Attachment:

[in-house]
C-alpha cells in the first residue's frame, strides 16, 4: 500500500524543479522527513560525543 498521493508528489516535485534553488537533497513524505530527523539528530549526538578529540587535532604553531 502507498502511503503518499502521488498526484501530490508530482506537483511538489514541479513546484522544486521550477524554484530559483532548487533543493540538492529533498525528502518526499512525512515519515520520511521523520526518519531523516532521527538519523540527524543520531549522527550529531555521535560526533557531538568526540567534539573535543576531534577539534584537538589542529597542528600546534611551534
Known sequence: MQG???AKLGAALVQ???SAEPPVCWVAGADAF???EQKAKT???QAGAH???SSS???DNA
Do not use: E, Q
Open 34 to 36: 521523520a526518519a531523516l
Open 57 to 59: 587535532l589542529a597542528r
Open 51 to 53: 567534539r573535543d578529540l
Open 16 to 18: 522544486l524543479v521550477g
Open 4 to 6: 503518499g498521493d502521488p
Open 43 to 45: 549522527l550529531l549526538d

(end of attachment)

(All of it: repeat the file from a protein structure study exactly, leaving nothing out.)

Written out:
[in-house]
C-alpha cells in the first residue's frame, strides 16, 4: 500500500524543479522527513560525543 498521493508528489516535485534553488537533497513524505530527523539528530549526538578529540587535532604553531 502507498502511503503518499502521488498526484501530490508530482506537483511538489514541479513546484522544486521550477524554484530559483532548487533543493540538492529533498525528502518526499512525512515519515520520511521523520526518519531523516532521527538519523540527524543520531549522527550529531555521535560526533557531538568526540567534539573535543576531534577539534584537538589542529597542528600546534611551534
Known sequence: MQG???AKLGAALVQ???SAEPPVCWVAGADAF???EQKAKT???QAGAH???SSS???DNA
Do not use: E, Q
Open 34 to 36: 521523520a526518519a531523516l
Open 57 to 59: 587535532l589542529a597542528r
Open 51 to 53: 567534539r573535543d578529540l
Open 16 to 18: 522544486l524543479v521550477g
Open 4 to 6: 503518499g498521493d502521488p
Open 43 to 45: 549522527l550529531l549526538d